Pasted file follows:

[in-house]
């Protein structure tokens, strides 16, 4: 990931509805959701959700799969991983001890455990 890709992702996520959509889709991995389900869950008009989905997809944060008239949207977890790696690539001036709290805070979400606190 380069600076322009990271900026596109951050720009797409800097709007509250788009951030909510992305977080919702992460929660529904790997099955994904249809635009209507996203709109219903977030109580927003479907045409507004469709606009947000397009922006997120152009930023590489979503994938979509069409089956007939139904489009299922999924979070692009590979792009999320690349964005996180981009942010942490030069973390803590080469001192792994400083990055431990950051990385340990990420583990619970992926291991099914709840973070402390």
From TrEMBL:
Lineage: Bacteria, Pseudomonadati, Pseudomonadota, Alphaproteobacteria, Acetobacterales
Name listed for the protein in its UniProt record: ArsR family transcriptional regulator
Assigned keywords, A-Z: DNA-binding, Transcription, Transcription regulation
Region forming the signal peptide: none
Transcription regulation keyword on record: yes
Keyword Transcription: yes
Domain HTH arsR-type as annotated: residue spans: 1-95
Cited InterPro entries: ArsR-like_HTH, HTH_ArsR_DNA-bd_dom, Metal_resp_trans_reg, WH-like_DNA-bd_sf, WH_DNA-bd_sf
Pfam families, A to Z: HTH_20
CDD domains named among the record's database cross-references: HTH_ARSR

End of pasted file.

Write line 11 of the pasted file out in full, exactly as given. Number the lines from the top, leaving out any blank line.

Cited InterPro entries: ArsR-like_HTH, HTH_ArsR_DNA-bd_dom, Metal_resp_trans_reg, WH-like_DNA-bd_sf, WH_DNA-bd_sf